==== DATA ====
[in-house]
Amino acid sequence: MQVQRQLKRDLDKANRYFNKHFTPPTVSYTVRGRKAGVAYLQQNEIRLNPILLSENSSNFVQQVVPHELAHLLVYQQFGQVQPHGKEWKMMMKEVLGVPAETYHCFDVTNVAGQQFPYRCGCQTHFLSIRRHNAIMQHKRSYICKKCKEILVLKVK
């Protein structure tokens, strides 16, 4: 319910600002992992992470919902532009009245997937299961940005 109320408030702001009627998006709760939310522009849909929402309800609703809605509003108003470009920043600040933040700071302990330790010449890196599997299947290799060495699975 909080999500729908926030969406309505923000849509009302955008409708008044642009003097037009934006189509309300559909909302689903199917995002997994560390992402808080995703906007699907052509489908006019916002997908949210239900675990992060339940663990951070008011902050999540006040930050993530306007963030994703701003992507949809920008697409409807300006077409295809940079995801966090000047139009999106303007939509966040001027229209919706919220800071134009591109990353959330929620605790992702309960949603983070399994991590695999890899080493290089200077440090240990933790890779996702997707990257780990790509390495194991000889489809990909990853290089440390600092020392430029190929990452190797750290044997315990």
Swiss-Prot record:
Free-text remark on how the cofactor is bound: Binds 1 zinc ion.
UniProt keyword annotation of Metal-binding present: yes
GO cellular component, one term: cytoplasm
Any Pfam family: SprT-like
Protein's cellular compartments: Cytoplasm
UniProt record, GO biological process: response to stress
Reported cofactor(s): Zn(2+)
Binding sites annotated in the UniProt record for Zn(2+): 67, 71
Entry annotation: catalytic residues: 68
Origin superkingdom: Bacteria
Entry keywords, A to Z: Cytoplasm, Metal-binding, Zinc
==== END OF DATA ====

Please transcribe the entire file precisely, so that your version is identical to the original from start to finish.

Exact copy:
[in-house]
Amino acid sequence: MQVQRQLKRDLDKANRYFNKHFTPPTVSYTVRGRKAGVAYLQQNEIRLNPILLSENSSNFVQQVVPHELAHLLVYQQFGQVQPHGKEWKMMMKEVLGVPAETYHCFDVTNVAGQQFPYRCGCQTHFLSIRRHNAIMQHKRSYICKKCKEILVLKVK
């Protein structure tokens, strides 16, 4: 319910600002992992992470919902532009009245997937299961940005 109320408030702001009627998006709760939310522009849909929402309800609703809605509003108003470009920043600040933040700071302990330790010449890196599997299947290799060495699975 909080999500729908926030969406309505923000849509009302955008409708008044642009003097037009934006189509309300559909909302689903199917995002997994560390992402808080995703906007699907052509489908006019916002997908949210239900675990992060339940663990951070008011902050999540006040930050993530306007963030994703701003992507949809920008697409409807300006077409295809940079995801966090000047139009999106303007939509966040001027229209919706919220800071134009591109990353959330929620605790992702309960949603983070399994991590695999890899080493290089200077440090240990933790890779996702997707990257780990790509390495194991000889489809990909990853290089440390600092020392430029190929990452190797750290044997315990």
Swiss-Prot record:
Free-text remark on how the cofactor is bound: Binds 1 zinc ion.
UniProt keyword annotation of Metal-binding present: yes
GO cellular component, one term: cytoplasm
Any Pfam family: SprT-like
Protein's cellular compartments: Cytoplasm
UniProt record, GO biological process: response to stress
Reported cofactor(s): Zn(2+)
Binding sites annotated in the UniProt record for Zn(2+): 67, 71
Entry annotation: catalytic residues: 68
Origin superkingdom: Bacteria
Entry keywords, A to Z: Cytoplasm, Metal-binding, Zinc